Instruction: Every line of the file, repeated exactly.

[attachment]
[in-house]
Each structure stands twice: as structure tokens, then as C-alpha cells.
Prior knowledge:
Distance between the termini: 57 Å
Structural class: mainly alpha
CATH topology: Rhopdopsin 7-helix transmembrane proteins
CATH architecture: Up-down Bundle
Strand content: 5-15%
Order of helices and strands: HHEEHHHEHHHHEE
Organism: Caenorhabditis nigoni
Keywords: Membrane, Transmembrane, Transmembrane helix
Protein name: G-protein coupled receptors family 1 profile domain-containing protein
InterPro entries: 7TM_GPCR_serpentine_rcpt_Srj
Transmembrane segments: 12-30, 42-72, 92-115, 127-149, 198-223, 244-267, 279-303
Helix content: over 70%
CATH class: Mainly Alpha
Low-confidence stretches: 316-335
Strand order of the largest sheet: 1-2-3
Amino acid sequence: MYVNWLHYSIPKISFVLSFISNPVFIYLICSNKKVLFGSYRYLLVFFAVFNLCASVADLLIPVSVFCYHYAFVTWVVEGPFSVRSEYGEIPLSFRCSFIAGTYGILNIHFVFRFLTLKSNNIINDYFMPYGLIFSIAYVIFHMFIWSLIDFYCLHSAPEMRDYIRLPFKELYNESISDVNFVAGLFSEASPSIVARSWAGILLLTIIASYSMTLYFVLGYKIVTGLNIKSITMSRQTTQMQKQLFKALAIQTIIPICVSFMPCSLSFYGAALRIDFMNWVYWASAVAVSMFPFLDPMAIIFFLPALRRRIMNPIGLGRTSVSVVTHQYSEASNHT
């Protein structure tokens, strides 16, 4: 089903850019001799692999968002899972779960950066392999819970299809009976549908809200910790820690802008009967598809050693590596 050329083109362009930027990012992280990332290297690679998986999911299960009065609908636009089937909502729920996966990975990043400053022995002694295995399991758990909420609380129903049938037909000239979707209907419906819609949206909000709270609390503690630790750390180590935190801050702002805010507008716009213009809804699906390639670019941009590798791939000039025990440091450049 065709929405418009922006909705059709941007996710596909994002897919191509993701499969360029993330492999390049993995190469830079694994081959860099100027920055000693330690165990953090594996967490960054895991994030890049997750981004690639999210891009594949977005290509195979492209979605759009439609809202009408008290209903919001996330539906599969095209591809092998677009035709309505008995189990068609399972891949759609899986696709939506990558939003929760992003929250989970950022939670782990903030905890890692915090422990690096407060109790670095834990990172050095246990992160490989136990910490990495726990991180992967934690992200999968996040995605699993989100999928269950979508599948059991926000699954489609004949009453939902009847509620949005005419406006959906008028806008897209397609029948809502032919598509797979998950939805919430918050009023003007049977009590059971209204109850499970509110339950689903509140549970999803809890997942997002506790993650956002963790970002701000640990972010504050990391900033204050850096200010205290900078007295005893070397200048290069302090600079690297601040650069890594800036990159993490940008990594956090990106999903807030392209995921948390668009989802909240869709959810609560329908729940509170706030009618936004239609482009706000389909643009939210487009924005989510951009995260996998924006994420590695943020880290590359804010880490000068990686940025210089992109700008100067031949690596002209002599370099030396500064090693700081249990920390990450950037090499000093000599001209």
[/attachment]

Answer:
[in-house]
Each structure stands twice: as structure tokens, then as C-alpha cells.
Prior knowledge:
Distance between the termini: 57 Å
Structural class: mainly alpha
CATH topology: Rhopdopsin 7-helix transmembrane proteins
CATH architecture: Up-down Bundle
Strand content: 5-15%
Order of helices and strands: HHEEHHHEHHHHEE
Organism: Caenorhabditis nigoni
Keywords: Membrane, Transmembrane, Transmembrane helix
Protein name: G-protein coupled receptors family 1 profile domain-containing protein
InterPro entries: 7TM_GPCR_serpentine_rcpt_Srj
Transmembrane segments: 12-30, 42-72, 92-115, 127-149, 198-223, 244-267, 279-303
Helix content: over 70%
CATH class: Mainly Alpha
Low-confidence stretches: 316-335
Strand order of the largest sheet: 1-2-3
Amino acid sequence: MYVNWLHYSIPKISFVLSFISNPVFIYLICSNKKVLFGSYRYLLVFFAVFNLCASVADLLIPVSVFCYHYAFVTWVVEGPFSVRSEYGEIPLSFRCSFIAGTYGILNIHFVFRFLTLKSNNIINDYFMPYGLIFSIAYVIFHMFIWSLIDFYCLHSAPEMRDYIRLPFKELYNESISDVNFVAGLFSEASPSIVARSWAGILLLTIIASYSMTLYFVLGYKIVTGLNIKSITMSRQTTQMQKQLFKALAIQTIIPICVSFMPCSLSFYGAALRIDFMNWVYWASAVAVSMFPFLDPMAIIFFLPALRRRIMNPIGLGRTSVSVVTHQYSEASNHT
């Protein structure tokens, strides 16, 4: 089903850019001799692999968002899972779960950066392999819970299809009976549908809200910790820690802008009967598809050693590596 050329083109362009930027990012992280990332290297690679998986999911299960009065609908636009089937909502729920996966990975990043400053022995002694295995399991758990909420609380129903049938037909000239979707209907419906819609949206909000709270609390503690630790750390180590935190801050702002805010507008716009213009809804699906390639670019941009590798791939000039025990440091450049 065709929405418009922006909705059709941007996710596909994002897919191509993701499969360029993330492999390049993995190469830079694994081959860099100027920055000693330690165990953090594996967490960054895991994030890049997750981004690639999210891009594949977005290509195979492209979605759009439609809202009408008290209903919001996330539906599969095209591809092998677009035709309505008995189990068609399972891949759609899986696709939506990558939003929760992003929250989970950022939670782990903030905890890692915090422990690096407060109790670095834990990172050095246990992160490989136990910490990495726990991180992967934690992200999968996040995605699993989100999928269950979508599948059991926000699954489609004949009453939902009847509620949005005419406006959906008028806008897209397609029948809502032919598509797979998950939805919430918050009023003007049977009590059971209204109850499970509110339950689903509140549970999803809890997942997002506790993650956002963790970002701000640990972010504050990391900033204050850096200010205290900078007295005893070397200048290069302090600079690297601040650069890594800036990159993490940008990594956090990106999903807030392209995921948390668009989802909240869709959810609560329908729940509170706030009618936004239609482009706000389909643009939210487009924005989510951009995260996998924006994420590695943020880290590359804010880490000068990686940025210089992109700008100067031949690596002209002599370099030396500064090693700081249990920390990450950037090499000093000599001209």